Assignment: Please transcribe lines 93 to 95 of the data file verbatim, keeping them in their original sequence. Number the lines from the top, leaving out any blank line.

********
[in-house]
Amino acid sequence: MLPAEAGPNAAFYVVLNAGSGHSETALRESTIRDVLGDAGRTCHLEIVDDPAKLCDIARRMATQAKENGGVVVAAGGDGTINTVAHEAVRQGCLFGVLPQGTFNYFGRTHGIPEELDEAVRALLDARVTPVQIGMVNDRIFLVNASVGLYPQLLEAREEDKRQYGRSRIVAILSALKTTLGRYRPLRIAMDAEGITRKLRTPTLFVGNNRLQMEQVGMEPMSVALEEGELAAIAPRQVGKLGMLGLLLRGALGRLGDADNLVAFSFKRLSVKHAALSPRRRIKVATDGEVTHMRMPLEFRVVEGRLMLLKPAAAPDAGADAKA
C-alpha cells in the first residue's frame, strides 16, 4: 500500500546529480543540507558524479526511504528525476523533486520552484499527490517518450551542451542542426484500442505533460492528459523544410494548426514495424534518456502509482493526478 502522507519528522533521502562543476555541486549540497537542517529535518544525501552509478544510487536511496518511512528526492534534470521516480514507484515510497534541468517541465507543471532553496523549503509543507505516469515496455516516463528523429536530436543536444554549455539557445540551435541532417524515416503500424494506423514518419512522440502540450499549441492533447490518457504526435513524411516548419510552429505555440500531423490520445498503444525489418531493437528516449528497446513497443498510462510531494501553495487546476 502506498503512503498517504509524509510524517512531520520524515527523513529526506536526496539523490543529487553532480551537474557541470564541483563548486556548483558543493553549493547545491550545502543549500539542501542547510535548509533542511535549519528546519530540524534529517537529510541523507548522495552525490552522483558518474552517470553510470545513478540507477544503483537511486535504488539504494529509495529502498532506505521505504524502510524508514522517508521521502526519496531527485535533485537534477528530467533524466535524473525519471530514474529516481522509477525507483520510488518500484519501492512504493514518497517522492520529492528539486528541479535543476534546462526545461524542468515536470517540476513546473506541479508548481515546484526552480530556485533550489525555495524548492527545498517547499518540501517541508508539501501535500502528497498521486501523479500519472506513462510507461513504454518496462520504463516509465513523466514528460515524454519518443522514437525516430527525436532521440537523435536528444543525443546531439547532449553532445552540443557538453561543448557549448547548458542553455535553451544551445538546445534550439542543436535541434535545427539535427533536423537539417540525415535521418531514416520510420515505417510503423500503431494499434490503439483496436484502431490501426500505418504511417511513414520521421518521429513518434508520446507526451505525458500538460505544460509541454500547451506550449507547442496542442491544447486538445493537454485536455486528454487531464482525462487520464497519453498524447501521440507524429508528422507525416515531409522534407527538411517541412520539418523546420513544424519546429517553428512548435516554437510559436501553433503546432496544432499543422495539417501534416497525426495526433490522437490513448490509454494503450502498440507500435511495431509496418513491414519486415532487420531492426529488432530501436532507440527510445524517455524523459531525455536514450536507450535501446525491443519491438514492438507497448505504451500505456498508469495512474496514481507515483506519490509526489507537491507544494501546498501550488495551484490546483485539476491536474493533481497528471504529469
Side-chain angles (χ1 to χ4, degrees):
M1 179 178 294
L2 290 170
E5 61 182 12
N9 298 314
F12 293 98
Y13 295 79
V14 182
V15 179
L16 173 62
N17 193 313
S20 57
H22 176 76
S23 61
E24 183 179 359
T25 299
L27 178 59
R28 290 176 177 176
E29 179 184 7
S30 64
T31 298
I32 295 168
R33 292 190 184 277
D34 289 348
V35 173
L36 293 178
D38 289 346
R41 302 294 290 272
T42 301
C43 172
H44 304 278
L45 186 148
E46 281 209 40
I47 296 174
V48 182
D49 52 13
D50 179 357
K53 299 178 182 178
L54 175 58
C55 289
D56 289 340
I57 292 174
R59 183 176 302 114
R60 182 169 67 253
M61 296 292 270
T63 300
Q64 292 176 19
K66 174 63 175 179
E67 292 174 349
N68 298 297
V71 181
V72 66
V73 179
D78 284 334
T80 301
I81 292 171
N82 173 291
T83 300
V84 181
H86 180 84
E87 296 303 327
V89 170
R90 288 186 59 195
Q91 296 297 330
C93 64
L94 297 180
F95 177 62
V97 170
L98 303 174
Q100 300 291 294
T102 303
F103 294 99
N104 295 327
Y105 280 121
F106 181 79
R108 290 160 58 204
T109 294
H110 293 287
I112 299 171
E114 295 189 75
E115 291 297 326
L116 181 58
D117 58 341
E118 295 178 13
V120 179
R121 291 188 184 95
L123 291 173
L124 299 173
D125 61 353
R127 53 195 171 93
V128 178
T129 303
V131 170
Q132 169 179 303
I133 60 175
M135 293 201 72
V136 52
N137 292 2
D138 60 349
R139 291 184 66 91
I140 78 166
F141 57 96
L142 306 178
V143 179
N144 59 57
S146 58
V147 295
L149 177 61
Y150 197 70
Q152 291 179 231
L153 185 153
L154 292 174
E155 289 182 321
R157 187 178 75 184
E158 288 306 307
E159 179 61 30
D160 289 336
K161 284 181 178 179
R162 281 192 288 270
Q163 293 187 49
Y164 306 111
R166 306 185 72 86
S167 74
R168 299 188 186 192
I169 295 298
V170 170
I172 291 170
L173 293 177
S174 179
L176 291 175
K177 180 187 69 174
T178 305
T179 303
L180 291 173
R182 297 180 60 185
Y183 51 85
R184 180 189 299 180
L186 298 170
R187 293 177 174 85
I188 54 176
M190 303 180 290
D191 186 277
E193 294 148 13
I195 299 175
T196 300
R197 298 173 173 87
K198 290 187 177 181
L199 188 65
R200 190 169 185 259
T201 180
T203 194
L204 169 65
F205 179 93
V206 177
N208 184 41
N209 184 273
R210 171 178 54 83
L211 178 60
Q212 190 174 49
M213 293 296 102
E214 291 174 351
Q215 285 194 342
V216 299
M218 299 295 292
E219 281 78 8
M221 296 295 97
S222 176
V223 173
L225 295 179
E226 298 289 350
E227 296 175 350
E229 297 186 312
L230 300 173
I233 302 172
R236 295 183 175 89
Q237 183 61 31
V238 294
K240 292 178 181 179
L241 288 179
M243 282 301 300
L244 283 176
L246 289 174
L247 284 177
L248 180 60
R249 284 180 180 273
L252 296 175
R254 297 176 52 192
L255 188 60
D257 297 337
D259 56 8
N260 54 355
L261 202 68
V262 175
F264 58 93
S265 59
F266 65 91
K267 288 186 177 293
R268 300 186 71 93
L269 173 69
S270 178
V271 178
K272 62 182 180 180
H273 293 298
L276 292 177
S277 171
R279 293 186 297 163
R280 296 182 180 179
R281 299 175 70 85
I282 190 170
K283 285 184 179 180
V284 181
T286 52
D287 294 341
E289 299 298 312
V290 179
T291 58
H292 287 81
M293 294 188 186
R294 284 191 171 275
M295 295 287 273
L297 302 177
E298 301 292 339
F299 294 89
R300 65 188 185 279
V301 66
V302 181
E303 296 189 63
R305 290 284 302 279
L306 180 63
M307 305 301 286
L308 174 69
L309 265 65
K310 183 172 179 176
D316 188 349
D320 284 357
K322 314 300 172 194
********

R127 53 195 171 93
V128 178
T129 303